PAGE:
Acceptance of Sin Isn’t Love
Many people who reject Christianity do so because of a perceived lack of love in churches. This rejection has caused a reactionary trend that seeks to soften God’s disapproval of sin and magnify a kind of love which isn’t really love at all. In order to reach a culture that thinks teaching about certain sins is graceless and unloving, some churches have closed the business of opposing evil.
Being wise in their own eyes, many churches have begun giving approval to those who practice all kinds of unrighteousness and calling it love (Rom. 1:32). Slander, murder, strife, homosexuality, envy, disobedience to parents and other sins that are normalized and approved by our society, are regrettably approved by many churches as well (see Rom. 1:18-32). In a quest to out-smart and out-love God, love itself has been redefined as unrestricted acceptance of sin.
What then do we need to remember and believe when that which is not love is said to be the highest love, and that which is authentic love is stamped as bigotry or intolerance?
Approval of Sin Mocks the Cross
First, we must remember the relationship between love and sin. The beloved apostle says, “In this is love, not that we have loved God but that He loved us and sent His Son to be the propitiation for our sins” (1 John 4:10). The love of God in Jesus is all about delivering people from sin, not leaving them to live in it.
The world says that love accepts sin, but the Scriptures assert that love exposes it. At the cross of Jesus Christ, we see the greatest display of love the world will ever know, and the clearest demonstration of the horror of our sin. Sin is so bad that the only Son of God was slaughtered as a wrath-bearing sacrifice, and his love is so amazing that he was willing to die in our place. And it had to be that way so that God would be just in his forgiveness of sinners like us (Rom 3:26). Therefore, if we believe that love means accepting or ignoring sin, we mock the cross where Jesus made payment for it by his precious blood.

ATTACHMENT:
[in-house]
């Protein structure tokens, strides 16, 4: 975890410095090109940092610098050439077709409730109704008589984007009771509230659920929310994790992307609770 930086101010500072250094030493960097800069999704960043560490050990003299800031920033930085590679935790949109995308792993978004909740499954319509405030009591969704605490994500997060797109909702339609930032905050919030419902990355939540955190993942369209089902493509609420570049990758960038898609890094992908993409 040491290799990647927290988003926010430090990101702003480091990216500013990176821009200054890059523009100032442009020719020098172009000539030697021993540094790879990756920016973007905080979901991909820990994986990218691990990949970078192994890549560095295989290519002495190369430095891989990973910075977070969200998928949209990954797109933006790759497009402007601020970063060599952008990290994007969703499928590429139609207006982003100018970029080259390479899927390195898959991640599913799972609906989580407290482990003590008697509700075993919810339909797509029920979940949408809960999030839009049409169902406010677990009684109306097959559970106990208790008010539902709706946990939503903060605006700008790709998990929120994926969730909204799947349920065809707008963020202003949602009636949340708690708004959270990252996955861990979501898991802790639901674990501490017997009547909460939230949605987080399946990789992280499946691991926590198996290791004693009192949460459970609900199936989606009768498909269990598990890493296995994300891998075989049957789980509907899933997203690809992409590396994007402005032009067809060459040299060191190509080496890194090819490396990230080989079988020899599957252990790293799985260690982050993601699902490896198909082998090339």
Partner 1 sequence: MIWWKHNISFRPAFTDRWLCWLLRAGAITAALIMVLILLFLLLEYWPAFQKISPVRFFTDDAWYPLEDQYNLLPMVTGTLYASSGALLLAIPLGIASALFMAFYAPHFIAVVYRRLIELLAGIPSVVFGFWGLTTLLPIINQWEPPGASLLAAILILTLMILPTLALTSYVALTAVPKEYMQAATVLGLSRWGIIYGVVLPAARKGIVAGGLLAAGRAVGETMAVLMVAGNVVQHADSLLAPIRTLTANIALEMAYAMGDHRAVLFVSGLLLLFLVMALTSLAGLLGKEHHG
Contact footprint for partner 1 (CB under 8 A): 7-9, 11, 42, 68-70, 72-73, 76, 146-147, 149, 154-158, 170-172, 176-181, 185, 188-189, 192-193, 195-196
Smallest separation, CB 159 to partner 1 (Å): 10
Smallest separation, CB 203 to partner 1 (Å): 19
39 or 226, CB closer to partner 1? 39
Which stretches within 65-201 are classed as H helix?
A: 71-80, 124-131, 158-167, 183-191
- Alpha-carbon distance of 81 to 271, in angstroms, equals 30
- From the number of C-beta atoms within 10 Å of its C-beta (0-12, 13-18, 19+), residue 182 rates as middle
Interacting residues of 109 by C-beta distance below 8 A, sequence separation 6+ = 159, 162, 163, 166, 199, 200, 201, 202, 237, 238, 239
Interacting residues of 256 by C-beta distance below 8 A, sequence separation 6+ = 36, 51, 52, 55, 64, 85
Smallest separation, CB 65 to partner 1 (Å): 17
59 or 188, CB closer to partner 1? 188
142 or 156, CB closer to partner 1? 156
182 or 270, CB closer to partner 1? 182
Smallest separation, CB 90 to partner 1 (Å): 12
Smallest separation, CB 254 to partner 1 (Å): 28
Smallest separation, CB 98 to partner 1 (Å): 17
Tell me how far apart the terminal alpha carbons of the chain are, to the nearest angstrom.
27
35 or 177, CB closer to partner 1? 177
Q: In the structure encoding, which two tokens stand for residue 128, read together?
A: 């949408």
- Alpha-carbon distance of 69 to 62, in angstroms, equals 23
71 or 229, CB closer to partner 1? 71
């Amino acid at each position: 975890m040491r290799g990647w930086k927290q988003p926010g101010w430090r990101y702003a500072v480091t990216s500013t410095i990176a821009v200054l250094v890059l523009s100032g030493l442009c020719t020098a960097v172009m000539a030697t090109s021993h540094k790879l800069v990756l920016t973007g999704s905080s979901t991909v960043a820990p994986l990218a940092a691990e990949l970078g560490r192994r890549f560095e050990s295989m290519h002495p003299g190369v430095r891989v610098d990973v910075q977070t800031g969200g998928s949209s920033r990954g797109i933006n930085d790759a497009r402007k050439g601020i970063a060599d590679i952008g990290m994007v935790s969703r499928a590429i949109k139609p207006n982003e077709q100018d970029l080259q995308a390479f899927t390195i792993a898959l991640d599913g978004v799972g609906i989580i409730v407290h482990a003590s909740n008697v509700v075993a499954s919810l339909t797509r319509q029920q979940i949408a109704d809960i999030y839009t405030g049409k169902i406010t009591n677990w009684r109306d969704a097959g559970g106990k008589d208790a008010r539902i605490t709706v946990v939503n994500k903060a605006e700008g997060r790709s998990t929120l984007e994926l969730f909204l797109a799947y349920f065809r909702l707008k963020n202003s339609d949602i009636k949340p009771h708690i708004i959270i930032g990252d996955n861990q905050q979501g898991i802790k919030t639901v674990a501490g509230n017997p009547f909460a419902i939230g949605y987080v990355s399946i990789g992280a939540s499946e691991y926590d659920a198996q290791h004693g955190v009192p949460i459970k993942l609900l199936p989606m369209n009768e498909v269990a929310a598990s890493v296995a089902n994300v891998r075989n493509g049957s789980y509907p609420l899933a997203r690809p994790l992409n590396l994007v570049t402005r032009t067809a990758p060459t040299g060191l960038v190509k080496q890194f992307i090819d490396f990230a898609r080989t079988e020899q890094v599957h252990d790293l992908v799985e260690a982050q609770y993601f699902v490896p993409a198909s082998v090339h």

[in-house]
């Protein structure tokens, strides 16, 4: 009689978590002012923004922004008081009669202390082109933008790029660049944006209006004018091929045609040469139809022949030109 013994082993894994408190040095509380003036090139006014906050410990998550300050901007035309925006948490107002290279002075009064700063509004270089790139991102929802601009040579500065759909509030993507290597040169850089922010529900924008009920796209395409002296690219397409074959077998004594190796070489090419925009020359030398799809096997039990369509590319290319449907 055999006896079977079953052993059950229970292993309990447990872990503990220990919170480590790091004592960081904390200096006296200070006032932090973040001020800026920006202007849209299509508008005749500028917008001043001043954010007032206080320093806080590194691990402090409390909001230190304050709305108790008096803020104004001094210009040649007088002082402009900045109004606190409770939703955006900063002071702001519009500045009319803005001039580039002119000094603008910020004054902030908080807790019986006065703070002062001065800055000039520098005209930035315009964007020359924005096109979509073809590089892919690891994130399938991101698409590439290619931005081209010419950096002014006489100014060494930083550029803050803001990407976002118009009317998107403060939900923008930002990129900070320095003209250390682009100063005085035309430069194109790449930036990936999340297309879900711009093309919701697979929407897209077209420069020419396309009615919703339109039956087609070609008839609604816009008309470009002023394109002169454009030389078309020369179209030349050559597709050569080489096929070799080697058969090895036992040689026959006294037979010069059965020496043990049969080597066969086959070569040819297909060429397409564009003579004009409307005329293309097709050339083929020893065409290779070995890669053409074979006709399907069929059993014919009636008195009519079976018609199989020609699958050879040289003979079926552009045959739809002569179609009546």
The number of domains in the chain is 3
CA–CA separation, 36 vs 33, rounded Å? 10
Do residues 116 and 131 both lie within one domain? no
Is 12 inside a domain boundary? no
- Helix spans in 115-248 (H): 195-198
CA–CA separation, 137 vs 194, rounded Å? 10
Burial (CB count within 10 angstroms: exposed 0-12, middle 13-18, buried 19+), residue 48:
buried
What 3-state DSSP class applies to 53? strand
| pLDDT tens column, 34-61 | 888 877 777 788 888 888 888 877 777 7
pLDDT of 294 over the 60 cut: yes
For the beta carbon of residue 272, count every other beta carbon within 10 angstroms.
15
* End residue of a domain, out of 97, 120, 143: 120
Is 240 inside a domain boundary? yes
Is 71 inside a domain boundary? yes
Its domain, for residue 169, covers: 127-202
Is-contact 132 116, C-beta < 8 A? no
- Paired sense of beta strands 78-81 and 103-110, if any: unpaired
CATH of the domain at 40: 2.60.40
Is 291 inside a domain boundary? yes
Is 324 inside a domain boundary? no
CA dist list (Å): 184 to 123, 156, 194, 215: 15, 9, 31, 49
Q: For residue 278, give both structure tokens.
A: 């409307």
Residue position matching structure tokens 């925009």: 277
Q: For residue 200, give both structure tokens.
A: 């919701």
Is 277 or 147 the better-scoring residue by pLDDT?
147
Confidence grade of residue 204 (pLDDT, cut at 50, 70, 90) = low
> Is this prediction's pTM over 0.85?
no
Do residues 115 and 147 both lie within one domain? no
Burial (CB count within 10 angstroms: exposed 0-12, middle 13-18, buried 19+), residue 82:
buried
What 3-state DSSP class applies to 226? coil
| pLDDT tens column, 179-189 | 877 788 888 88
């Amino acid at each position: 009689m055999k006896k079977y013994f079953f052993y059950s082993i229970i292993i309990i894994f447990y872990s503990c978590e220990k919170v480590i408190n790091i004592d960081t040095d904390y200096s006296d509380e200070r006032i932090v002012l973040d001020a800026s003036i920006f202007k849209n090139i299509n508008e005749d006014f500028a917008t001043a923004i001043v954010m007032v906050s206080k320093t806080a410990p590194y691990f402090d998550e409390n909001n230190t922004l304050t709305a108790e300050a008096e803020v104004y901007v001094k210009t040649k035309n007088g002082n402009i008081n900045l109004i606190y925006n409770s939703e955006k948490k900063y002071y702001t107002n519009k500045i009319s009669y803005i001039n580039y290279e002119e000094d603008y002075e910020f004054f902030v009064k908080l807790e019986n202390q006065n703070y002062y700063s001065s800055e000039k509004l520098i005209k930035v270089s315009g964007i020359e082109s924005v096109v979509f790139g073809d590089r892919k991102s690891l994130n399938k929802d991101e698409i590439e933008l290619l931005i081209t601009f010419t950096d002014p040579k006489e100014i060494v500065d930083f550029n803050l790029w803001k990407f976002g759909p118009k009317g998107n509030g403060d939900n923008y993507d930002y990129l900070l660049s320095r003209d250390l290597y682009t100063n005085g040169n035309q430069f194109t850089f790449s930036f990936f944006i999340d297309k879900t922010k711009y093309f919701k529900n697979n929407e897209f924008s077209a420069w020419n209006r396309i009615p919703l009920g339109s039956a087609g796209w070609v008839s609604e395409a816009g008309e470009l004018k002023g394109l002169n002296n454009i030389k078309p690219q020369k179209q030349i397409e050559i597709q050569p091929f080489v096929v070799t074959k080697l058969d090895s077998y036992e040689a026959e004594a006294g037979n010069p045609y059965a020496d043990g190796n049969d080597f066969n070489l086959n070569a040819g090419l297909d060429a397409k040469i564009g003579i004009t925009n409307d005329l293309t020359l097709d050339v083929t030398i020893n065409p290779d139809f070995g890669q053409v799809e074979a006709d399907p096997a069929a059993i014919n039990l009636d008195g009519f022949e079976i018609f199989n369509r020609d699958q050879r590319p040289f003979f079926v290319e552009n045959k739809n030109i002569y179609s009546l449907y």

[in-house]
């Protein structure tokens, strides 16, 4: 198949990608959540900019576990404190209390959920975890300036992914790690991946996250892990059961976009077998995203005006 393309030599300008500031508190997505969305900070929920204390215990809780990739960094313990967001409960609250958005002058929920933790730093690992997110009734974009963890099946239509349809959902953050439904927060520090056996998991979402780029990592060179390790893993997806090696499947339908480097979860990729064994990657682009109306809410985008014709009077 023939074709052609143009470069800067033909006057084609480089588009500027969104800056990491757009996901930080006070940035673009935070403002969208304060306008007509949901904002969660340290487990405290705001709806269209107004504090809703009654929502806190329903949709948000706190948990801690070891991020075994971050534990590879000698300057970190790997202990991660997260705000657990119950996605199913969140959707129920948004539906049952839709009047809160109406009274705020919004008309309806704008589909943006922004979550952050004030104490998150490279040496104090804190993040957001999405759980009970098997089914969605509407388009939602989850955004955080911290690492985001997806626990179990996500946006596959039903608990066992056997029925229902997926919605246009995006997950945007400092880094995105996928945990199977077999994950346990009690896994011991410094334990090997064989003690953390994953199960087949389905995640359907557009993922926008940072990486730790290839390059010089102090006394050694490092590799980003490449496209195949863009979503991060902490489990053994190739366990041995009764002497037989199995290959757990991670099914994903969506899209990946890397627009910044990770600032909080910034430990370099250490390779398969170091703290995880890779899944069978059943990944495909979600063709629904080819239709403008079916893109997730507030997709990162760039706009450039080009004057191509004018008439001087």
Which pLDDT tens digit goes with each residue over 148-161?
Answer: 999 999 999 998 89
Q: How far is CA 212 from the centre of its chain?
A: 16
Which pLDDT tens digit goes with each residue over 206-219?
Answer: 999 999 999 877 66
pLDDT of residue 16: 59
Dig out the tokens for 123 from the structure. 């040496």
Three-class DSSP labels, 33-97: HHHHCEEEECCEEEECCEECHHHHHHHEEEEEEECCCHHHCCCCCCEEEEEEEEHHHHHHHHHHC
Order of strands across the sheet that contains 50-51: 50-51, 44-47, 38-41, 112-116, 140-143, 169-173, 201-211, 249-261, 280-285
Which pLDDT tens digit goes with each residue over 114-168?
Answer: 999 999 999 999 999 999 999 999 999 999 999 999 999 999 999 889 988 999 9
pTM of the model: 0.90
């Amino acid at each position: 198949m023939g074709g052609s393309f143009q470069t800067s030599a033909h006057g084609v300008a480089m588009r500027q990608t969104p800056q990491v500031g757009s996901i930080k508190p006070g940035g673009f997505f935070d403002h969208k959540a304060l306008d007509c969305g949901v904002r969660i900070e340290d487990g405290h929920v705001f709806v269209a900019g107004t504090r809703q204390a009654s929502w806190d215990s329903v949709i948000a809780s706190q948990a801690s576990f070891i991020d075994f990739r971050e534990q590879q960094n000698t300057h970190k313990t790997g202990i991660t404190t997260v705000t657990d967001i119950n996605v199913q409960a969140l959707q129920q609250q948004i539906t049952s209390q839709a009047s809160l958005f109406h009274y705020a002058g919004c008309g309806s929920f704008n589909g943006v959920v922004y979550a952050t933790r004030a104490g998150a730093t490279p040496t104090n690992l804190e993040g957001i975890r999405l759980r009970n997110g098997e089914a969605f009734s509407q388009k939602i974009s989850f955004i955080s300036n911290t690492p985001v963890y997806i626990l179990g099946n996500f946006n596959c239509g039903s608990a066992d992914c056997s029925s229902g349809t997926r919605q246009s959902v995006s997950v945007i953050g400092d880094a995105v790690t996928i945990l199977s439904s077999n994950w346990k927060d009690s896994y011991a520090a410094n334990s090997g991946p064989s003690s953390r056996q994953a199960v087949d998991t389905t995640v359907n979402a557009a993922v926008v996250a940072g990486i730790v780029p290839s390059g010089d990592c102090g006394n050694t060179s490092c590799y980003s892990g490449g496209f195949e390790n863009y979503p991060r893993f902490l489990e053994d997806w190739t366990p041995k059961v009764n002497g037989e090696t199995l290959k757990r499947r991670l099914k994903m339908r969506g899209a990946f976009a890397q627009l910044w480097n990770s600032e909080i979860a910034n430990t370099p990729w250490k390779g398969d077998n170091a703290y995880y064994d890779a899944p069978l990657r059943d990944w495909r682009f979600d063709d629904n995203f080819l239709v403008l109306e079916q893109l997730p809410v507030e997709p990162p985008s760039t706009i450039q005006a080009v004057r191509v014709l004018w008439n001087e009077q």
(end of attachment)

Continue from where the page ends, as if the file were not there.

Good and Evil Shouldn’t Be Confused
Second, we must refuse to call evil good in the name of tolerance. Listen to Isaiah, “Woe to those who call evil good and good evil, who put darkness for light and light for darkness, who put bitter for sweet and sweet for bitter!” (Isa. 5:20). Redefining good and evil apart from God and the Bible is very dangerous and patently unloving. Woe to us if we try.
A comprehensive rebranding effort works for flailing companies, but it will not work for the church. If, in the name of tolerance, we stop speaking about the great need for salvation made plain by sin as defined by God in the Scriptures, then the cross of our Lord Jesus is useless, and our love is fabricated and phony.
Where to Go from Here
Suppose this is the sort of church you attend. A church where sin is not taken seriously, and the cross of Christ is not magnified. How can you make a difference? Two things must be done if undiscerning tolerance is to be ousted as the imposter that it is.
First, you must realize that judgment of sin is a very prevalent truth in the Bible. You could say, “But the Bible is all about love and forgiveness, right?” Yes, it is, but the forgiveness of God is necessary because wrath and judgment are real. Chemotherapy is necessary only when cancer is present. The forgiveness provided by the cross is the greatest love, not because it ignores sin, but because it deals with it.
Second, we must live in light of judgment and salvation. Maybe you have been thinking that letting sin remain in your own life or the lives of others around you has been the most loving thing to do. Consider, however, a blindfolded man walking toward the edge of a cliff. He does not see the edge approaching and likes the feeling of the blindfold on his face. The tolerant and unloving person lets him proceed because he does not want to offend him by pointing out error. The loving person runs after the man and pleads with him to remove the blindfold so that he might see the reality of his coming destruction.
If the tolerant person is blindfolded himself, that is one thing, but if the tolerant person sees clearly that the man will soon fall, that is another. The professing Christian who forsakes the truth of wrath and judgment upon sinful men and women forsakes love, and misses the beauty of the cross, where we find salvation.